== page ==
On behalf of the entire Manhattan Institute community, I am saddened to note the passing of Richard “Dick” Gilder, a former chairman of our board and a great son of New York. Dick enjoyed professional success as an entrepreneur on Wall Street, founding his own brokerage firm, Gilder Gagnon Howe & Co. LLC. When New York faced a grave fiscal crisis in the early 1970s, Dick emerged as one of New York’s most clear-eyed and impactful philanthropists, and in doing so helped get the city he loved back on its feet. He was a founding trustee of the Central Park Conservancy and a co-founder of the Gilder Lehrman Institute of American History, which maintains one of the country’s most impressive collections of archival material and develops programming to improve history education for K–12 students and teachers across the country.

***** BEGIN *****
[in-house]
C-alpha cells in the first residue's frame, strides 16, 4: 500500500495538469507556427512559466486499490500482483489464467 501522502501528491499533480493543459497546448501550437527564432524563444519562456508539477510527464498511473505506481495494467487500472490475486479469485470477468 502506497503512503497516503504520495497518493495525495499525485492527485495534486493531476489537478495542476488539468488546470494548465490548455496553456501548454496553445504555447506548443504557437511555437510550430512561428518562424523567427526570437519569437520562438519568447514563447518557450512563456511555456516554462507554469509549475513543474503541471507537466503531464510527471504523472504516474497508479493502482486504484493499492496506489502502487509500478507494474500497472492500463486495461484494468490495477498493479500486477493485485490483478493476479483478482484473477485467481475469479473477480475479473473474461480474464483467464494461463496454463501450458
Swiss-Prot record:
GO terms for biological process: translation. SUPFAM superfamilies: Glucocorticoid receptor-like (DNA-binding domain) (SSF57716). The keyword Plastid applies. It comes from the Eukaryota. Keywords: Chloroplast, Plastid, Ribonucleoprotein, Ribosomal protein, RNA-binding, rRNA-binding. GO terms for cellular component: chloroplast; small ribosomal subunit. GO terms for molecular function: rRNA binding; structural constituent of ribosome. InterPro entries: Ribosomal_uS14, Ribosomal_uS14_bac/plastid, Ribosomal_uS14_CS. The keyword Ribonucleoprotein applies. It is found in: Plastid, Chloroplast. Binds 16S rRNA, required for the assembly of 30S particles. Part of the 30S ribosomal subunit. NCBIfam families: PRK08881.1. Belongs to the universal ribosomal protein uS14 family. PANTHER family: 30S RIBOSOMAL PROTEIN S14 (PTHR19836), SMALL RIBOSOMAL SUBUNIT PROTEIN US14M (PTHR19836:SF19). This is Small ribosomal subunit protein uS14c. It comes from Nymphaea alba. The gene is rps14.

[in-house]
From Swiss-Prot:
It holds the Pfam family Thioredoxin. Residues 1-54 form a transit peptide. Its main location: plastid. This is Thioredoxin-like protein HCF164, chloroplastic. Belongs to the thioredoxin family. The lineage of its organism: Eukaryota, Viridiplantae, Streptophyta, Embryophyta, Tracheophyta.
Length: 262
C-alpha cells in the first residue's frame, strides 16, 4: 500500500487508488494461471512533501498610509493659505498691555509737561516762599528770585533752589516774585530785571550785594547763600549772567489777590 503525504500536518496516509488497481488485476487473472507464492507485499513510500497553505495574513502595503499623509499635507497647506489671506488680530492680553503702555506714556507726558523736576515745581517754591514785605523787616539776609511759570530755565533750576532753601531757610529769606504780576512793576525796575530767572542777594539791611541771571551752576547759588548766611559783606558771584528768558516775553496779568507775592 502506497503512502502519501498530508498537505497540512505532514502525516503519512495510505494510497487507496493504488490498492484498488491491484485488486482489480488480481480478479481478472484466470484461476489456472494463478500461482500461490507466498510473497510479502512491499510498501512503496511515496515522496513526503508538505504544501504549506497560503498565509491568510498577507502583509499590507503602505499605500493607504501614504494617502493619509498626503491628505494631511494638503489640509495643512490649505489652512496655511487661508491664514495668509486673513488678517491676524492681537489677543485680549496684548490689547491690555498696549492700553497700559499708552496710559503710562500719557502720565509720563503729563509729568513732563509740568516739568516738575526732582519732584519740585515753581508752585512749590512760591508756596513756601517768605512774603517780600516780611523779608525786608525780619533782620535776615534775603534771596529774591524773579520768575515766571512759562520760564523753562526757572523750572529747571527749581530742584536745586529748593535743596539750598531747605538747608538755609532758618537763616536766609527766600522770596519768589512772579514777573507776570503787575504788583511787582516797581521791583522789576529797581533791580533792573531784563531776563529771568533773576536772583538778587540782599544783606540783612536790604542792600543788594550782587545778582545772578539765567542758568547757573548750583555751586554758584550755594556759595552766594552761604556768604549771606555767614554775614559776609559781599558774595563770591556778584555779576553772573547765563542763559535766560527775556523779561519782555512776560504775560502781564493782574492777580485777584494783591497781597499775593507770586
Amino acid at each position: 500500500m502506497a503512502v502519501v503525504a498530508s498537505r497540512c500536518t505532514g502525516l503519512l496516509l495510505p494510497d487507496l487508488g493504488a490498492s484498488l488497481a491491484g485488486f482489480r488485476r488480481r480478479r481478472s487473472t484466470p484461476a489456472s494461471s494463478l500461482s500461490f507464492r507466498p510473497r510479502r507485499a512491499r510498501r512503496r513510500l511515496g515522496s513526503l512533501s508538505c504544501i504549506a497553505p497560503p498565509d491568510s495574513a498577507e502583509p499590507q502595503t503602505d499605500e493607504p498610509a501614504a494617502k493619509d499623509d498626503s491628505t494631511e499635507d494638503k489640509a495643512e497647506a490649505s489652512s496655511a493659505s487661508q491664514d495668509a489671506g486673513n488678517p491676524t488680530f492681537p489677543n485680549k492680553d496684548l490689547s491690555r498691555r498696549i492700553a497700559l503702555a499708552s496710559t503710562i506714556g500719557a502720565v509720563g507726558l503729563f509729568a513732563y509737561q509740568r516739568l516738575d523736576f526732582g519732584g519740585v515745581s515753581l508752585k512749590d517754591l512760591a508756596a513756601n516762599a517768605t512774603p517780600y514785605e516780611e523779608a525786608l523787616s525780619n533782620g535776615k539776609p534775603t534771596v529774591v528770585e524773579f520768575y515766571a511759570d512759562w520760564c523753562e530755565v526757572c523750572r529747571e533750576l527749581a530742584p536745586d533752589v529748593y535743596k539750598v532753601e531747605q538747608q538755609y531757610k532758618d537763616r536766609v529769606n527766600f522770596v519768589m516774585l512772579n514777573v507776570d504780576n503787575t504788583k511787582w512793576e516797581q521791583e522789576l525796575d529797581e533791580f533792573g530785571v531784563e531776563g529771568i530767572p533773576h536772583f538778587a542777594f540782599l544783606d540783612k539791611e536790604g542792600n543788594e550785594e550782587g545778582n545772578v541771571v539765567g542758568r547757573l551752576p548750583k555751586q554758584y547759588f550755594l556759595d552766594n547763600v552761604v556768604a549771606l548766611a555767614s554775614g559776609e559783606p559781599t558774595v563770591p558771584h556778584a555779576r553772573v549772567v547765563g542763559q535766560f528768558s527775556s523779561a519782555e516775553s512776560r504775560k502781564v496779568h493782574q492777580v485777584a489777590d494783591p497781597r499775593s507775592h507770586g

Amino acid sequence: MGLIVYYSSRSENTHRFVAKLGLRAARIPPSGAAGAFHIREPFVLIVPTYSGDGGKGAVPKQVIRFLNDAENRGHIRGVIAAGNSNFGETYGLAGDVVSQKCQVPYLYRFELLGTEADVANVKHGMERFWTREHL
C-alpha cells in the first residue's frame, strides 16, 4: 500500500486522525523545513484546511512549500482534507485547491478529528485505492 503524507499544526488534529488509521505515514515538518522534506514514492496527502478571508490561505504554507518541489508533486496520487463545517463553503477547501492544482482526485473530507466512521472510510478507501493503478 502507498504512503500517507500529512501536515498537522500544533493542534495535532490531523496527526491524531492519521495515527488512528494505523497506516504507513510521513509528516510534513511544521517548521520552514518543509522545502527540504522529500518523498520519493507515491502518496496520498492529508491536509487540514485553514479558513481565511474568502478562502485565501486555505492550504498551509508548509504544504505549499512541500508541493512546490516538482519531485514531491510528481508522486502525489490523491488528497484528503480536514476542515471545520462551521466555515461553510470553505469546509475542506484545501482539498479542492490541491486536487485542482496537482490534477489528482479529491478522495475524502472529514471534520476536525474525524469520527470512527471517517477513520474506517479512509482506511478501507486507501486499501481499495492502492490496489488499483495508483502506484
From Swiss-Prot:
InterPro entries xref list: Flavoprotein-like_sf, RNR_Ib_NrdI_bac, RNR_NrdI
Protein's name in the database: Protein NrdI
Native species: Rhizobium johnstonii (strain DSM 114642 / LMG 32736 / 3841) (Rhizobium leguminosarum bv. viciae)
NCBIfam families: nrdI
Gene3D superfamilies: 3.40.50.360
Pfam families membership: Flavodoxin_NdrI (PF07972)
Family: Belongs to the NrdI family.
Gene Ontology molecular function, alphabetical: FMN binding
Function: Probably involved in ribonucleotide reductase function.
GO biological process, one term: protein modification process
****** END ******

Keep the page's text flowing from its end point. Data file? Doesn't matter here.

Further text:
Dick also made a profound contribution to the Institute while working closely with my predecessor, Larry Mone—who shared these words in his memory:
“Dick was a great leader and visionary. He believed good ideas had the power to solve even the most intractable problems. During his time as chairman of the Manhattan Institute, all of my colleagues and I benefited from his keen intelligence and unfailing generosity. He not only helped the Institute achieve success during his tenure, but through his influence and example he provided it with a strong foundation for its future work.”
The Manhattan Institute, like so many other New York institutions, is grateful for Dick’s commitment to preserving the patrimony of his city and country, and we look forward to continuing his important work.